Introducing the "Music Collaboratory":

Reimagining the Lab Ensemble for Future Music Educators


Josef Hanson, University of Massachusetts Boston


Today's music teachers require skills that enable them to meet the needs of diverse student populations with eclectic tastes in music. Traditional ensemble programs like band, orchestra, and choir are now complemented by various "new alternatives" (Berman, 2016), including pop/rock ensembles, iPad chamber groups, and steel drum bands to name a few. Music teacher preparation programs must address this reality through curricular changes that better equip future teachers with the skills and knowledge to successfully teach commercial and vernacular styles. This session will detail the development of one such effort, the Music Collaboratory, which was launched within the music education program at a large public research university in 2017. The portmanteau of "laboratory" and "collaboration" captures the spirit of the endeavor: an open, welcoming space where music education students explore styles and co-create musical experiences.


Numerous music education researchers have explained the importance of "informal" music learning approaches (Green, 2008), relevance of popular music in K-12 curricula (Abril, 2014), and need for more equitable approaches to ensemble music-making (Doyle, 2014). Yet, these researchers also cite a lack of established curricular models for preparing pre-service teachers to lead non-traditional ensembles in schools. The Music Collaboratory is one such model. Loosely based on the conventional lab ensemble format found in conducting classes at many colleges and universities, this one-credit class serves two purposes. First, it provides immersive musical experiences in alternative styles to music education students, serving as a workshop for building different kinds of musicianship skills. Second, it more generally offers participants the ability to lead, rehearse, arrange, and compose for a performing group built upon a foundation of shared governance. One unique aspect of the Music Collaboratory is that it is a shapeshifting endeavor: no two semesters are alike. Each semester brings a new focus—everything from rock and pop to steel drums and ukuleles.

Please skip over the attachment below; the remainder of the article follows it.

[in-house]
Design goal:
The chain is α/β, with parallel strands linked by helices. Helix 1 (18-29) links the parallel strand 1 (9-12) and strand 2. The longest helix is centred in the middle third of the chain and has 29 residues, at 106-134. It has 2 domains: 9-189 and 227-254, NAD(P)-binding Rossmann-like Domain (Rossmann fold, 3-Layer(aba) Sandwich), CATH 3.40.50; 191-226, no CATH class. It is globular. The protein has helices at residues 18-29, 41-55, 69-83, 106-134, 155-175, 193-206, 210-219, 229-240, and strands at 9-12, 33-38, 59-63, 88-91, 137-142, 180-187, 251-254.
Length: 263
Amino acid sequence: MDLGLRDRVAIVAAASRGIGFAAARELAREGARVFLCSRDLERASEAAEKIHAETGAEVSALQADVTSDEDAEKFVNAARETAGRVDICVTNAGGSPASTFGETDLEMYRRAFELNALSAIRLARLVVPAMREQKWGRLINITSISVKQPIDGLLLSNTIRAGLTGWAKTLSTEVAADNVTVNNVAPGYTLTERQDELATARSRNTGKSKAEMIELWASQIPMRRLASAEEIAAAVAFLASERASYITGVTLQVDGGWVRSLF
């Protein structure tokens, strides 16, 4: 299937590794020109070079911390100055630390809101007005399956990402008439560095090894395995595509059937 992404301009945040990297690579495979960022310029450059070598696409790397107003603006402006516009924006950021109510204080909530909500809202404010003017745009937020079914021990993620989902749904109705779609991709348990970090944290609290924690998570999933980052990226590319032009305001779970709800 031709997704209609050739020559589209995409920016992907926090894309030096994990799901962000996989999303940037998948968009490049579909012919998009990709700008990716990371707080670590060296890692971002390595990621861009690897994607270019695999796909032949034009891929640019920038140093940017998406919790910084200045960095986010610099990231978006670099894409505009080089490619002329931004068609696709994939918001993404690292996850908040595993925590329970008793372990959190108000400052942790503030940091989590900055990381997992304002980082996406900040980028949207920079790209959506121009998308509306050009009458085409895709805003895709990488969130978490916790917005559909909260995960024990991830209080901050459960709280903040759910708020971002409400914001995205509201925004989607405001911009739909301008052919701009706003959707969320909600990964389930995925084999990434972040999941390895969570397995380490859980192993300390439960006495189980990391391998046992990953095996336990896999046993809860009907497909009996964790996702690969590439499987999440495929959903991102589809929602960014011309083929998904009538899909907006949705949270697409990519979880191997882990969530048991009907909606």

In this session, attendees will learn about the origins of the Music Collaboratory and the philosophy behind it. Supporting literature will be briefly reviewed to provide context for the establishment of non-traditional ensembles as a fixture of American music education. Attendees will also hear testimony from students who participated in the Music Collaboratory's first semester and review samples of the performances and interactive workshops that resulted. With a nod to the Symposium theme, "Imagining Possible Futures," the session will also include a review of best practices and lessons learned in the hopes that this unique twist on the standard lab ensemble will proliferate. The session will end with a question-and-answer session that allows the audience to glean specific information from the presenter and fellow attendees.




Abril, C. R. (2014). Invoking an innovative spirit in music teacher education. In M. Kaschub & J. Smith (Eds.), Promising practices in 21st century music teacher education. New York: Oxford.

Berman, A. S. (2016). The new alternatives: New modes of learning and performing are stretching the boundaries of what it means to be "alternative" in the music classroom. Teaching Music, 24(2), 32-37.

Doyle, J. L. (2014). Cultural relevance in urban music education: A synthesis of the literature. UPDATE: Applications of Research in Music Education, 32(2), 44-51.

Green, L. (2008). Music, informal learning, and the school: A new classroom pedagogy. Burlington VT: Ashgate.